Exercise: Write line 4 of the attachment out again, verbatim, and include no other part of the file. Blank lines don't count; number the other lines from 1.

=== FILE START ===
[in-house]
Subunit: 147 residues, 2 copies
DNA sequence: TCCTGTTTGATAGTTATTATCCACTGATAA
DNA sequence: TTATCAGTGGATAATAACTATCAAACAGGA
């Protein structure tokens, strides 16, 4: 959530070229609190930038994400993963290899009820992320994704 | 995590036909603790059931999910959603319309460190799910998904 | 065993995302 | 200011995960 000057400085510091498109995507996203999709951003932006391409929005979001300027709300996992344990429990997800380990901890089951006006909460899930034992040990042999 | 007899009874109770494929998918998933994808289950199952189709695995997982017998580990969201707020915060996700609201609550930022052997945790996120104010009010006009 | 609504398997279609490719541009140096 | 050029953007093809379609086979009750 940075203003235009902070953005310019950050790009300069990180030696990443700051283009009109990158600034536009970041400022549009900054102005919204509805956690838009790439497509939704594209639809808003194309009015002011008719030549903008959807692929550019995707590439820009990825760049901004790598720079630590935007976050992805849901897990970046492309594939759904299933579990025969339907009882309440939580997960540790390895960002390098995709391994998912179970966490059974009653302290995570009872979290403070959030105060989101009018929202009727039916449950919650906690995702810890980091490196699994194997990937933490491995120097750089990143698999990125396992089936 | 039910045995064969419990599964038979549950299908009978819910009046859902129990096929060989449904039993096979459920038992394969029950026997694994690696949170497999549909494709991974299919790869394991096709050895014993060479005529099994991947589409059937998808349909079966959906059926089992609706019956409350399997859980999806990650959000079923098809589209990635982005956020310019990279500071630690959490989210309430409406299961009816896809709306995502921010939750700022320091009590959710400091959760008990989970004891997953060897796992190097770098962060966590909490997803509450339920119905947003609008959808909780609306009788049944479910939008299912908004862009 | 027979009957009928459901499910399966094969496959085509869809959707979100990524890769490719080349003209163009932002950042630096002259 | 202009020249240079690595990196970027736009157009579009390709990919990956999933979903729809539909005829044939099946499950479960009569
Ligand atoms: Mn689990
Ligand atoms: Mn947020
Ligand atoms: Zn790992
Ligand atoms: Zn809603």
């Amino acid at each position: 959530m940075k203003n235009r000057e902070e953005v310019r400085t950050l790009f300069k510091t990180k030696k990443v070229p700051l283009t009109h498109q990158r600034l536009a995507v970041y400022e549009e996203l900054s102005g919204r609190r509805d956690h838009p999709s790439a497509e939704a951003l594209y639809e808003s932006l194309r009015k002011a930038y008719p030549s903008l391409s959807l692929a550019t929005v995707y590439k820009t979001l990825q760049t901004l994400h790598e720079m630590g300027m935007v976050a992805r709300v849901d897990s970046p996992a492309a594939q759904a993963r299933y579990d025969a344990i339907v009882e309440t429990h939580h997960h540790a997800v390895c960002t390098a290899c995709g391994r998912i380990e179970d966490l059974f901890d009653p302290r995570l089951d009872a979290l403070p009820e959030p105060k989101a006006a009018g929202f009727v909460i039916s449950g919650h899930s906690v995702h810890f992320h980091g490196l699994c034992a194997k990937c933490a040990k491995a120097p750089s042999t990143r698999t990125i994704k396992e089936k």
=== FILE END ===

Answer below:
DNA sequence: TTATCAGTGGATAATAACTATCAAACAGGA